Nearly three dozen undergraduate students travelled to Sanders Theatre anticipating a lecture from former President George W. Bush on “Consulting and Greed” on a chilly Saturday afternoon — only to be met with Harvard Alumni Association security guards, disappointment, and, for some, embarrassment.
Harvard undergraduates received an email advertising the event a week earlier on Sunday, Oct. 7. The sender — whose identity remains unknown — labeled itself "the Harvard College Consulting Group," a campus organization that helps prepare undergraduates for careers in consulting. (HCCG has denied sending the email and says they do not know who the prankster is.)
“Join HCCG and President Bush as we explore consulting’s ethical position in society and learn best practices from President Bush’s illustrious presidential terms and political career,” the email read.
“I thought it was a really cool opportunity,” Alexander Koller ’22 said. “My friends applied to do this. A lot of people got rejected, so it seemed legitimate.”
After signing up, accepted students received a follow-up email informing them they were fortunate enough to be one of 900 students selected to attend the event — beating out others scores of others in a total applicant pool of 2,000. Email recipients were instructed to report to Sanders Theatre early and to prepare for “security lines” and “media presence.”
When students arrived, Bush wasn't there. Instead, they found members of Harvard's security corps, who informed them the Theatre was booked for a private Harvard Alumni Association event.
“A Securitas Guard with a bright yellow jacket told us, ‘Sorry folks! It’s a hoax. You can’t go in,’” Hannah A.J. Eckstein ’21 said.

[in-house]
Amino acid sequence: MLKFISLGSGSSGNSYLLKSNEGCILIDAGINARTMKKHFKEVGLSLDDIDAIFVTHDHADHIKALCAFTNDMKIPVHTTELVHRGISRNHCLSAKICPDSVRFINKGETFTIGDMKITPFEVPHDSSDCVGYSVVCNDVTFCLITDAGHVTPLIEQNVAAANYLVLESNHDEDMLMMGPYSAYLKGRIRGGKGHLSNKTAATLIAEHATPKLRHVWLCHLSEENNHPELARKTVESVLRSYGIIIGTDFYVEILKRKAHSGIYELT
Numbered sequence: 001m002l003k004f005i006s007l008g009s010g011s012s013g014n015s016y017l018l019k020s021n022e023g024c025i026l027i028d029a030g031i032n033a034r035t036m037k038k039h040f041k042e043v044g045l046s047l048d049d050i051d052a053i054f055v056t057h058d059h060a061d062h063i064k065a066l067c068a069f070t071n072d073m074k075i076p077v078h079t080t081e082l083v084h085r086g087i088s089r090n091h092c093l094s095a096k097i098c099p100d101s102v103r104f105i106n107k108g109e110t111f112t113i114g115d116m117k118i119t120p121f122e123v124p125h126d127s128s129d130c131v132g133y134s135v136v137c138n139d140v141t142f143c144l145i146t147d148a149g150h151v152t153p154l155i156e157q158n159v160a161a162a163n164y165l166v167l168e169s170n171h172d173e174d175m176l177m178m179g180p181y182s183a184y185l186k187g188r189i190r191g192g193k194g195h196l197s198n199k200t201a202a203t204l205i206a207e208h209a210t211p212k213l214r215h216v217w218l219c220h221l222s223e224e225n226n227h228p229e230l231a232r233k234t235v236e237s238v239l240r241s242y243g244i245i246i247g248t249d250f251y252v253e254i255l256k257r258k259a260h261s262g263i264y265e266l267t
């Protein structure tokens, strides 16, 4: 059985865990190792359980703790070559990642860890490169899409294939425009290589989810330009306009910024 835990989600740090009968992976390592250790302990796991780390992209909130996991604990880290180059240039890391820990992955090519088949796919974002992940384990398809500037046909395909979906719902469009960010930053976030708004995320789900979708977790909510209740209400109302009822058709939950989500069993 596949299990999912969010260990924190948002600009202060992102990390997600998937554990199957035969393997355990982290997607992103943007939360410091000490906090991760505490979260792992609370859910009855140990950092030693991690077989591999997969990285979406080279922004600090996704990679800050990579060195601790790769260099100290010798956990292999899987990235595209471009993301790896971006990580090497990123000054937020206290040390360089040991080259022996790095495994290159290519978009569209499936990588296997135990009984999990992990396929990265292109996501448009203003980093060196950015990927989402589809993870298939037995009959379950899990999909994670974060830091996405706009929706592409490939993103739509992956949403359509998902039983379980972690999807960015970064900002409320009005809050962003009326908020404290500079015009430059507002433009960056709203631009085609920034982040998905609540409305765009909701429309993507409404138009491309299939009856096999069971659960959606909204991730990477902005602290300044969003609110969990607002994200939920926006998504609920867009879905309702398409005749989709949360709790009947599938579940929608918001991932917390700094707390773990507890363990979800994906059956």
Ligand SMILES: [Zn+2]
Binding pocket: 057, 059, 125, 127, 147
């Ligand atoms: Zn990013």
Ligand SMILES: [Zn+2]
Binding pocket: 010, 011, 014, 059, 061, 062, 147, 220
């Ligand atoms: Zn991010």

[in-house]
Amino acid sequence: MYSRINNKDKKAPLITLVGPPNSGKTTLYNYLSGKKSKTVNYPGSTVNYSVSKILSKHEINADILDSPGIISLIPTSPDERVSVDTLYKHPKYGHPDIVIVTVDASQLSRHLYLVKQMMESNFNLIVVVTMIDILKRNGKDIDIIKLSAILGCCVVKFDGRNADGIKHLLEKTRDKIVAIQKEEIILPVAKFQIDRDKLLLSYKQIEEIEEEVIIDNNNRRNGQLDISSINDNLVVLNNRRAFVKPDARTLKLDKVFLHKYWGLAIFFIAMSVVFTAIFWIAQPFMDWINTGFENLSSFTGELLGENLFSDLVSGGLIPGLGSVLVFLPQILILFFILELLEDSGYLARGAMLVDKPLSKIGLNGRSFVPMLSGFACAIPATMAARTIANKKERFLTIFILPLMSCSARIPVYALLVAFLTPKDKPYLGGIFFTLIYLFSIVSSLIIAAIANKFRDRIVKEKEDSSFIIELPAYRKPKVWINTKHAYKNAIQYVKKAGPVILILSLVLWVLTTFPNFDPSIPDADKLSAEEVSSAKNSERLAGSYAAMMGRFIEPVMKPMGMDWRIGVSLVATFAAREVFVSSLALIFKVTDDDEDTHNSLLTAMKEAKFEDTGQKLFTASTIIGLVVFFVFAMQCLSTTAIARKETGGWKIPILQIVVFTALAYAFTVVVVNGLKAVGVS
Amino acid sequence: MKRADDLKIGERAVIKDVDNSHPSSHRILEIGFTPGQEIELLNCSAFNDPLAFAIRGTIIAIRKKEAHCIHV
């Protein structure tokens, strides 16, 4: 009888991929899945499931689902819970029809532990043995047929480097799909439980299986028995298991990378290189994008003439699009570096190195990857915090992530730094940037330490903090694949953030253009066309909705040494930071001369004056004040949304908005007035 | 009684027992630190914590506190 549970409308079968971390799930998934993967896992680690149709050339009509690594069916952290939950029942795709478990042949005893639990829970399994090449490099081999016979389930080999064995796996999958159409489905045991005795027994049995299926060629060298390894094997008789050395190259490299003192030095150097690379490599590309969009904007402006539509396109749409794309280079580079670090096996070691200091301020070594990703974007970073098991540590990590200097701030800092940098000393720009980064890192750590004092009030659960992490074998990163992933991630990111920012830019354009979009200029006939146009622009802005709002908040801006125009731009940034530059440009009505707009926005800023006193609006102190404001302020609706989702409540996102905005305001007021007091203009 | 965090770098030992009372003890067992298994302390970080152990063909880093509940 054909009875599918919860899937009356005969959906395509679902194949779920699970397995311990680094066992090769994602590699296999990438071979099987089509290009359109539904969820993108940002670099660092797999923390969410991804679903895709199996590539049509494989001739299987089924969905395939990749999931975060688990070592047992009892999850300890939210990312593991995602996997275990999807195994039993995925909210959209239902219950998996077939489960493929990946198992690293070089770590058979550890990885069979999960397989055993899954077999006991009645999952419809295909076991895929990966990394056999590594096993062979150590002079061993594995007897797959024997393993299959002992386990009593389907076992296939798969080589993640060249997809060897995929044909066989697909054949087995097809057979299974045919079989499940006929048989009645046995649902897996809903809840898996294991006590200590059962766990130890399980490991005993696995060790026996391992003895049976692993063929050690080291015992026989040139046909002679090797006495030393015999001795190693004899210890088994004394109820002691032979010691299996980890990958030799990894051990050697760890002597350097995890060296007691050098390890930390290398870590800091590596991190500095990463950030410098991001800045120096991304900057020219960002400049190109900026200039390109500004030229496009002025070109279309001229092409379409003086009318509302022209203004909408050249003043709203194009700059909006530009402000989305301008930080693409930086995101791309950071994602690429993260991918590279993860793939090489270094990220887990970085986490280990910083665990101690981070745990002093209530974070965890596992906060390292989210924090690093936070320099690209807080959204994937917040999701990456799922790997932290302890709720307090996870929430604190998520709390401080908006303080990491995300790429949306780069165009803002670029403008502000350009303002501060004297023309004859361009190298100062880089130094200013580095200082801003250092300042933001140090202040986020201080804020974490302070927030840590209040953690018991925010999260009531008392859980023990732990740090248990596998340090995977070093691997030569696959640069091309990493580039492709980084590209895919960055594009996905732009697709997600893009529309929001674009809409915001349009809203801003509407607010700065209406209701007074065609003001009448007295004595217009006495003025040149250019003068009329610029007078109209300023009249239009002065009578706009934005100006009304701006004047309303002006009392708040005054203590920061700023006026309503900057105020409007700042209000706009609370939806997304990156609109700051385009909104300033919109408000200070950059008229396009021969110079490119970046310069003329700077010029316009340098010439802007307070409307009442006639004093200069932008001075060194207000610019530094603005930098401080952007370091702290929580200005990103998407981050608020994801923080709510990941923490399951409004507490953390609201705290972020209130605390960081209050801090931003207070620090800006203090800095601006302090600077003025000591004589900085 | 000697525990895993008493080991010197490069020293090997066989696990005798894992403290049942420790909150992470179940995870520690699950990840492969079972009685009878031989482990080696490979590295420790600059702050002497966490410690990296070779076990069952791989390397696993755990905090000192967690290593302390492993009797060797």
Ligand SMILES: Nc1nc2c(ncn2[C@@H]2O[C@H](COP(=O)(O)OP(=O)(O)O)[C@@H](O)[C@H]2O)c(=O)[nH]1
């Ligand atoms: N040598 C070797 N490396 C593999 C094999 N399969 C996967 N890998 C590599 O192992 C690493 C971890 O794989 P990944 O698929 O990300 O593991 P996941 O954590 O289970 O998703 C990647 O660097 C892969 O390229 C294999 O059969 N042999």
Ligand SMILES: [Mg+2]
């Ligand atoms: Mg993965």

Shortly after the fake event was slated to begin, students received a final email from the pranksters.
“Look, we get it. You’re upset. The event was fake, and we wasted your time. But how do you know consulting isn’t a bigger waste of time?” they wrote. “Sign out of LinkedIn. There’s so much more waiting for you.”
In an emailed statement, Anton Ulyanov ’19, the president of HCCG, denied any affiliation with the event and said he was frustrated that it caused “confusion.”
“HCCG is disappointed that an unknown party attempted to impersonate the organization and misuse its name,” Ulyanov wrote. “We understand that consulting isn’t for everyone.”
Students offered mixed reactions to the prank but none denied its success. Some praised the tricksters' ingenuity; others laughed in self-deprecation.
“I did not have any suspicions that it might not be real,” Michael C. Huang ’20 said. “Honestly, this is kind of cool. I have a certain respect for somebody who can pull off a stunt of this caliber. I’m kind of okay that I got punked.”
Duha H. Alfatlawi ’21 was less pleased.
“It’s embarrassing. We’re fools,” she said.
Other students wondered who might be behind the prank and sought to guess at the fibber's motives.
“Not many people came,” Alfatlawi observed. “Even I was thinking, ‘Are you sure it’s today?’ when we were getting off of the bus.”
Students speculated that the Harvard Lampoon or Satire V, two campus humor outlets, may be responsible.
The Lampoon, a semi-secret Sorrento Square social organization that used to occasionally publish a so-called humor magazine, did not respond to a request for comment.
Editor-in-Chief of Satire V Catherine Y. Zhang ’19 wrote in an emailed response: “lol.”
A spokesperson from the Office of George W. Bush did not respond to a request for comment.